What if you’re a masochist, want your daily life to be filled with pain, and plan to buy one? Not so fast. It has to sync up with your main phone so it’s not really made to be used on its own, has to come from Verizon, and you need to use the proprietary Verizon Message+ app. That, along with the pathetic eight hours of battery life, will certainly make me want to use the Palm 2018 less, if nothing else.
Absolutely no-one, until now, has thought about releasing a secondary smartphone to help reduce primary smartphone use.
Astonishingly, we’re not finished. As madness set in at Palm when the horror of what it had created was unfolding, someone came up with the idea of making a sleeve that holds the phone and you wear on your arm. You can go out and buy one of these cases already, because cyclists and runners sometimes use them. What you won’t do is go out and buy another phone at the same time.
We’re going to have to stop, as it’s almost too much. But we’ve got to mention the name. It’s called the Palm. It’s also made by Palm, kind of. So it’s the Palm Palm? Did anyone not on day release have anything to do with this product? Clearly not when coming up with the price, as it’s $350. Or if you’re really committed, a two year contract is available. And committed is exactly what you should be.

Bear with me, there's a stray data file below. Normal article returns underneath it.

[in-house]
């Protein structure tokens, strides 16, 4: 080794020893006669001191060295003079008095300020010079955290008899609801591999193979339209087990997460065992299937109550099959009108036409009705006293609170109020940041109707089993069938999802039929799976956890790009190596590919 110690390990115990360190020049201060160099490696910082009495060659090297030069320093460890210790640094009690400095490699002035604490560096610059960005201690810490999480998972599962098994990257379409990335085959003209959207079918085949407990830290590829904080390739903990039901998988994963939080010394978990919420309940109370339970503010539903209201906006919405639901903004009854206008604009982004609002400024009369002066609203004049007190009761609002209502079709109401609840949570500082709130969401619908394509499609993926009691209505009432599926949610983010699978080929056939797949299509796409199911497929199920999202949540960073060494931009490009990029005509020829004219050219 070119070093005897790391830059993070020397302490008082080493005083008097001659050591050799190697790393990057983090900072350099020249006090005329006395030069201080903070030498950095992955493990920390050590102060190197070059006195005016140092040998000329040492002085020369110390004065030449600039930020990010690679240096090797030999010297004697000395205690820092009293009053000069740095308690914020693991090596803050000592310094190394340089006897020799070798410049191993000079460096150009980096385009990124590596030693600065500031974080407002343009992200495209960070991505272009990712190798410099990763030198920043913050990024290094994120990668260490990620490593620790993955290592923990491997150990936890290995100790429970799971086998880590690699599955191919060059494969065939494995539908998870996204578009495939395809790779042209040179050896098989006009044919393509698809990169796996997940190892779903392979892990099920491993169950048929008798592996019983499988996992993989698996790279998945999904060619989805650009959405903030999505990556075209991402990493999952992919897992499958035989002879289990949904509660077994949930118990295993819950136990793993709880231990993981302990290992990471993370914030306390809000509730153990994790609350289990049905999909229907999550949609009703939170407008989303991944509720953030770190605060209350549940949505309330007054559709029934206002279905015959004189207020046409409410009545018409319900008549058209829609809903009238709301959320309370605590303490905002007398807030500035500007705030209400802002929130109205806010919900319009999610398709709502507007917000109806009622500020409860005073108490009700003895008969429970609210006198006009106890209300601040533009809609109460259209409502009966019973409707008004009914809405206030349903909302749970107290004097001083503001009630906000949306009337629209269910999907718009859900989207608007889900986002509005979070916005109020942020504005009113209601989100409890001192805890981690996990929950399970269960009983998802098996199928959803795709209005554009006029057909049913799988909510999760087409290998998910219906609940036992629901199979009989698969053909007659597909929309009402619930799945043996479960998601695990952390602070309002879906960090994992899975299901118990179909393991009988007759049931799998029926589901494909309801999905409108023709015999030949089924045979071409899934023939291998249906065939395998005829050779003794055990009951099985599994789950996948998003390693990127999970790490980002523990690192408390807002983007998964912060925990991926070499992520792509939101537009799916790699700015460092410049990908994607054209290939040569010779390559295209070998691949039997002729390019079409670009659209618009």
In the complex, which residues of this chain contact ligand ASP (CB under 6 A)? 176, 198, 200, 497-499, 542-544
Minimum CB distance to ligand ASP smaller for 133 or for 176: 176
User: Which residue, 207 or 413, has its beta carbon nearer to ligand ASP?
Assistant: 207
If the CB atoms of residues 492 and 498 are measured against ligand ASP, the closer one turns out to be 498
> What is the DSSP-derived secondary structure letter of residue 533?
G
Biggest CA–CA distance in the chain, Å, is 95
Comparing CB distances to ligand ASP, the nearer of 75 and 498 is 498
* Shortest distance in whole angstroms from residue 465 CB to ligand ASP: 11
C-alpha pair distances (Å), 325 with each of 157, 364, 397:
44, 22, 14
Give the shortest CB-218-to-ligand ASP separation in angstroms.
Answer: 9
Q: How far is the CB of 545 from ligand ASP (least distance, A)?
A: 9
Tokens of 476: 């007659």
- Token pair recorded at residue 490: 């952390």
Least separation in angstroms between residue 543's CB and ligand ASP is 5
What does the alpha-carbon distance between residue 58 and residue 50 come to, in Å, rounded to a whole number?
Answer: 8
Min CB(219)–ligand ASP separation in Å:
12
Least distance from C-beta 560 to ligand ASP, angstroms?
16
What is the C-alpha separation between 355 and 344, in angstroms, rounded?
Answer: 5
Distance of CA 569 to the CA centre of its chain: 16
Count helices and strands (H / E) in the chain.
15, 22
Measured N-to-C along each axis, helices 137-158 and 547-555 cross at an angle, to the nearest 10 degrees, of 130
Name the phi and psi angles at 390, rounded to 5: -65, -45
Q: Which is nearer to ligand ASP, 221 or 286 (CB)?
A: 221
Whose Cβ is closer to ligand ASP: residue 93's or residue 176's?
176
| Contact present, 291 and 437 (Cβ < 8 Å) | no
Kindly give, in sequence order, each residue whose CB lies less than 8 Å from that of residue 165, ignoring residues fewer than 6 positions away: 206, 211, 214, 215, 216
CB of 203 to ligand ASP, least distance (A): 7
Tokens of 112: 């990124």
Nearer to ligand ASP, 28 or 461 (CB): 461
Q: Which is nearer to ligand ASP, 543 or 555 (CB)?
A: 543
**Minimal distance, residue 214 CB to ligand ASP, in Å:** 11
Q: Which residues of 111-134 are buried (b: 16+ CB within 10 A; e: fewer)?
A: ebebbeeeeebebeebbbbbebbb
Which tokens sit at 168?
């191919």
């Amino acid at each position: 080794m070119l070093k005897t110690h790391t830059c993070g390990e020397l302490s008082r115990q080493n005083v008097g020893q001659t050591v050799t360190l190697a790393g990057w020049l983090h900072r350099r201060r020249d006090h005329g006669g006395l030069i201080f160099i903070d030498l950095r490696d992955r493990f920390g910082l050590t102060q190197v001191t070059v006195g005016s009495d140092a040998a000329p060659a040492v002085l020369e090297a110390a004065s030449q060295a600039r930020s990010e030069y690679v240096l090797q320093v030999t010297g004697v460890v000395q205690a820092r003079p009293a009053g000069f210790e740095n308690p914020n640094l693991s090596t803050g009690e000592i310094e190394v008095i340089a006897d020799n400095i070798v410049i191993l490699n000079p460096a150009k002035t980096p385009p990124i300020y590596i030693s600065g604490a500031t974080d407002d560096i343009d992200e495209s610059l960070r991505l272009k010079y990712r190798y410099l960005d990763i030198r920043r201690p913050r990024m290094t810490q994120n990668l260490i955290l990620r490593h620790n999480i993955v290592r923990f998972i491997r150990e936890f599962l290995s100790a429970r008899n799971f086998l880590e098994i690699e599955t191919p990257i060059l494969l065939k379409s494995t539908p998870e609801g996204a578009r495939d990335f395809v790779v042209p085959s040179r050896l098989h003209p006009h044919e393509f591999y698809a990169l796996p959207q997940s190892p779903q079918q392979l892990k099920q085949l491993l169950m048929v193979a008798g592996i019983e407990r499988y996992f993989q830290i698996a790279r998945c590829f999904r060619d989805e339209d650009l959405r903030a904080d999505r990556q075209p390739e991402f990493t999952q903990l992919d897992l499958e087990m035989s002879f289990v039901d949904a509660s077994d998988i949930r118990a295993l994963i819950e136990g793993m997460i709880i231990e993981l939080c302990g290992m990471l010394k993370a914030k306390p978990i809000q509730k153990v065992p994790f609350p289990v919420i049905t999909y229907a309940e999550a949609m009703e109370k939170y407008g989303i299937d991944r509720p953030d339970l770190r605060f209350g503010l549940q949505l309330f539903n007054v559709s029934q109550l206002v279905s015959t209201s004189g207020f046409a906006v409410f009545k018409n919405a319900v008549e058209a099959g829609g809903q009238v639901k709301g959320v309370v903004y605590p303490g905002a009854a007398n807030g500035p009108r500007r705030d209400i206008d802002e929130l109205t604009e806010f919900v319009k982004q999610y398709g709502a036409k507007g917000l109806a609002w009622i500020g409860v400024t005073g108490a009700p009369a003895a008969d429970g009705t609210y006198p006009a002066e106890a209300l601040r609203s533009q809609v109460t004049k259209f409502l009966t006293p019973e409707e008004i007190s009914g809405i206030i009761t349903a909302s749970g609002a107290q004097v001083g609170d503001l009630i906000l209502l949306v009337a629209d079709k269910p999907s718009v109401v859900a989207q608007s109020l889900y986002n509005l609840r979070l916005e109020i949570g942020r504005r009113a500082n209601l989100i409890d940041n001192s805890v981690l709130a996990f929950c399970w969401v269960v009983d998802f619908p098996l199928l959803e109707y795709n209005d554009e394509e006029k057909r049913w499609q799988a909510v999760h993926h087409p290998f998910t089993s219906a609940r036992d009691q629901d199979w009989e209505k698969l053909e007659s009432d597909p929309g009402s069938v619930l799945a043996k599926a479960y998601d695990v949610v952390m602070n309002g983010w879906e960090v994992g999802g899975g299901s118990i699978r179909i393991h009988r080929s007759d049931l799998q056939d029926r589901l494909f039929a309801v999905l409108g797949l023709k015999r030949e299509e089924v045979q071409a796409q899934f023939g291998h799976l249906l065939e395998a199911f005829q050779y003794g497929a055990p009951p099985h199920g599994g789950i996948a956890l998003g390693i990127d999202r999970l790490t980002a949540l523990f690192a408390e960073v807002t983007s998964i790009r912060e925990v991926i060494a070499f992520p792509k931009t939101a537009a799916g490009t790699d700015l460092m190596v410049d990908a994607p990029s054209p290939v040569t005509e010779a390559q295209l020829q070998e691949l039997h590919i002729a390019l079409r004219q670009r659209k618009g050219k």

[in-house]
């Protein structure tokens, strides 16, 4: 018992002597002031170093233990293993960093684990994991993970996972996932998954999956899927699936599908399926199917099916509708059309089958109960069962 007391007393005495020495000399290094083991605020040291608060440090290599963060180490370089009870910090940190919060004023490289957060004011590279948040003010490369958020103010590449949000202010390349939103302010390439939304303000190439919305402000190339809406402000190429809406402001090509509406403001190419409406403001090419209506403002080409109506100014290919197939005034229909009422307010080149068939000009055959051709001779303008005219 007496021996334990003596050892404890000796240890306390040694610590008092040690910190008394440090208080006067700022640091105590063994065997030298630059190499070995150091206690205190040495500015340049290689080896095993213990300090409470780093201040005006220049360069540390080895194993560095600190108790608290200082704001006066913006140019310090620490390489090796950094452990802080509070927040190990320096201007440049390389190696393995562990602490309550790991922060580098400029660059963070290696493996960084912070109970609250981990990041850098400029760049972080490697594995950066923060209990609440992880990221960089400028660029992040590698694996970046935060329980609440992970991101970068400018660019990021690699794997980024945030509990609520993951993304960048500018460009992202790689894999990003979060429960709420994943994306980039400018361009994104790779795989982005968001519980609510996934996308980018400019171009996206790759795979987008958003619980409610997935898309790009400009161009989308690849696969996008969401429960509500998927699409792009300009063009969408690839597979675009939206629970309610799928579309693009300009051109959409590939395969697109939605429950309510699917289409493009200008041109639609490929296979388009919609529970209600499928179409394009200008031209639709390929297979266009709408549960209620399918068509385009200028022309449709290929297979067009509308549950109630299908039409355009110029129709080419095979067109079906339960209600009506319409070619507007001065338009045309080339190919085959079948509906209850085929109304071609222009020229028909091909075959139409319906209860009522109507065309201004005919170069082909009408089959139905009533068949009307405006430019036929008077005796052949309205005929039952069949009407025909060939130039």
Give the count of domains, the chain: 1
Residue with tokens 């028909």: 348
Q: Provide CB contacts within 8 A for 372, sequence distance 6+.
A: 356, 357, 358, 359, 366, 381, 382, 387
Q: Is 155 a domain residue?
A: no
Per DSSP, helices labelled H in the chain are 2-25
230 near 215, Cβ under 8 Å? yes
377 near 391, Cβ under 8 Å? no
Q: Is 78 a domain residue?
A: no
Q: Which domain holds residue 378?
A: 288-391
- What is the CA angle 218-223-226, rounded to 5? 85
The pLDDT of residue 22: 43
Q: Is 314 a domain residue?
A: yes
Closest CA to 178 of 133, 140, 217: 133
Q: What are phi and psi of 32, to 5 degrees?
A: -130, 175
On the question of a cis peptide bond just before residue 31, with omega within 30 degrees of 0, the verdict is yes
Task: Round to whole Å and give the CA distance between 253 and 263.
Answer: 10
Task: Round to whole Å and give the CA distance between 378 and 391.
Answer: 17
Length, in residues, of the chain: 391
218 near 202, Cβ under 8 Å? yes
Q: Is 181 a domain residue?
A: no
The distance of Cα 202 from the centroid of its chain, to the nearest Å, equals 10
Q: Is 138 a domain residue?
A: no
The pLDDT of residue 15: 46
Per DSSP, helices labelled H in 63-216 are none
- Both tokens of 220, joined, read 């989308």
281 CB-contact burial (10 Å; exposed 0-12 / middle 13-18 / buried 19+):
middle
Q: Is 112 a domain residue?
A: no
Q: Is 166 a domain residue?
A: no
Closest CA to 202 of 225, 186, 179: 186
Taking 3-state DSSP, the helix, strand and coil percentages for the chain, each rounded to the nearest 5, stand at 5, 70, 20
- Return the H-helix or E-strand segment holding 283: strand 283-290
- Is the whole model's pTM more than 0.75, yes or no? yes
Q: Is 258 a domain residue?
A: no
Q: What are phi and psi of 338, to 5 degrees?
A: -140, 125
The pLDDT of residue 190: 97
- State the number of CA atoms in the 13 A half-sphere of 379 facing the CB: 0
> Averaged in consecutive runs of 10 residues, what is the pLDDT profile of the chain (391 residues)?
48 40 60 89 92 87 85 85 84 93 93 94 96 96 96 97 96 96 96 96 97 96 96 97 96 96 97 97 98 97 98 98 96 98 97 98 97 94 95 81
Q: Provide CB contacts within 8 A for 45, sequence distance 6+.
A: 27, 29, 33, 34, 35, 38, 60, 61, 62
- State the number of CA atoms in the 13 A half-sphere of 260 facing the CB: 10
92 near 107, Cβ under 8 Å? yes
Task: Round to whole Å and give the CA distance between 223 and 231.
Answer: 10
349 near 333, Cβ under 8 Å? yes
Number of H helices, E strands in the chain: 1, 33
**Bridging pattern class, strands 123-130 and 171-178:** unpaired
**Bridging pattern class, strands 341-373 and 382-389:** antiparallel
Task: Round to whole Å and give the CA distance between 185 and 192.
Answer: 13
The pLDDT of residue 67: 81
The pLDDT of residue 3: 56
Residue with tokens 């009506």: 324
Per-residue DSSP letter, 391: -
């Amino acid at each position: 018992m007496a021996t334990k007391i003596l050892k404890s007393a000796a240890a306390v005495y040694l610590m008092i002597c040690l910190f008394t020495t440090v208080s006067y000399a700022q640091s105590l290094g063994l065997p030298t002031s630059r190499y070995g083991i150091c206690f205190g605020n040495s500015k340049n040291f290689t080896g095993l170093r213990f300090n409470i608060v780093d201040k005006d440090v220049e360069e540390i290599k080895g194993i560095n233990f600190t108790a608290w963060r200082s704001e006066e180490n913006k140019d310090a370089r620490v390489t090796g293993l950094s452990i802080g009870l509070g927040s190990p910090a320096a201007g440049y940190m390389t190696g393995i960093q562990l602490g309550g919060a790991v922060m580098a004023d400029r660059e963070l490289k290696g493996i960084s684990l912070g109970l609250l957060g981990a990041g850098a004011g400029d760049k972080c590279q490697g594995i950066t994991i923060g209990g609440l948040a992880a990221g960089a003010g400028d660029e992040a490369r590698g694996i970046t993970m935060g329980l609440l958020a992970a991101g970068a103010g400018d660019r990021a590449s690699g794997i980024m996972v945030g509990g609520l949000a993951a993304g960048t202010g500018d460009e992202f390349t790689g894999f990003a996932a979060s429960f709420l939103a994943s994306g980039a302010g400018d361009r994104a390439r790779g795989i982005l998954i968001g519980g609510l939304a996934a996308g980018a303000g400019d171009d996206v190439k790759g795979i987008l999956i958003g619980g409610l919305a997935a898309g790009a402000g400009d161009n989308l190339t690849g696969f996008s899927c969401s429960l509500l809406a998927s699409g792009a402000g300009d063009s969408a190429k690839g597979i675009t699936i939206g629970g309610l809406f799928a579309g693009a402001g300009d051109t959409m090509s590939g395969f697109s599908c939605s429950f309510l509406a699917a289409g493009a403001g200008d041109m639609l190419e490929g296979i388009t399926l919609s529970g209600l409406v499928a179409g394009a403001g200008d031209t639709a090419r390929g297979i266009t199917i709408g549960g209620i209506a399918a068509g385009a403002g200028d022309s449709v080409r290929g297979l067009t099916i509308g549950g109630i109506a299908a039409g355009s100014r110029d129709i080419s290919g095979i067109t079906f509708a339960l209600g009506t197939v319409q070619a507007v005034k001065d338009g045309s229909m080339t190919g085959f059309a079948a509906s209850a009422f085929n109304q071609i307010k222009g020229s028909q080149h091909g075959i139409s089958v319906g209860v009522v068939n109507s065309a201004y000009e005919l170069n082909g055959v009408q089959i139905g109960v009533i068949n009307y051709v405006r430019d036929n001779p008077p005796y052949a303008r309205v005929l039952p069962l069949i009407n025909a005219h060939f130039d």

Just buy a smartwatch
We’ll concede that reducing smartphone use is a worthy endeavor. Apple and Google, Facebook, Huawei, and others all have software solutions to help you do so. Absolutely no-one, until now, has once thought about releasing a secondary smartphone to help reduce primary smartphone use. Why? Because it’s beyond witless. In the same way that buying a second, small phone to take out with you when your large phone is too large. The Palm Palm (2018) is the product the rolling eyes emoji was created to represent.
You either want to step away from your phone, or you don’t.
Perhaps the software options to cut down on scrolling through Instagram don’t appeal. Interestingly there’s a product that already does what the Palm aims to do, and in a more attractive, more sensible, and far less ridiculous fashion.
It’s called a smartwatch, and you can buy one for less than half the price of the Palm, you won’t have to sign your life away to Verizon, and you won’t have to explain why you’re using it to everyone you meet. If you want autonomy, there’s the cellular Apple Watch Series 4, and a handful of cellular Wear OS watches too.
There’s genuine mileage in using a smartwatch to minimize smartphone use, if it truly bothers you. You’re still connected, but in a less intrusive manner. No, you probably won’t be able to perform complex tasks, but that’s the point. You either want to step away from your phone, or you don’t. Whatever your reasons, buying another phone will never, ever lower your smartphone use, and no-one who buys a big, expensive phone needs to buy a smaller second one.
Whatever the plan is, you’re way too early for April Fool’s Day, Palm.
The views expressed here are solely those of the author and do not reflect the beliefs of Digital Trends.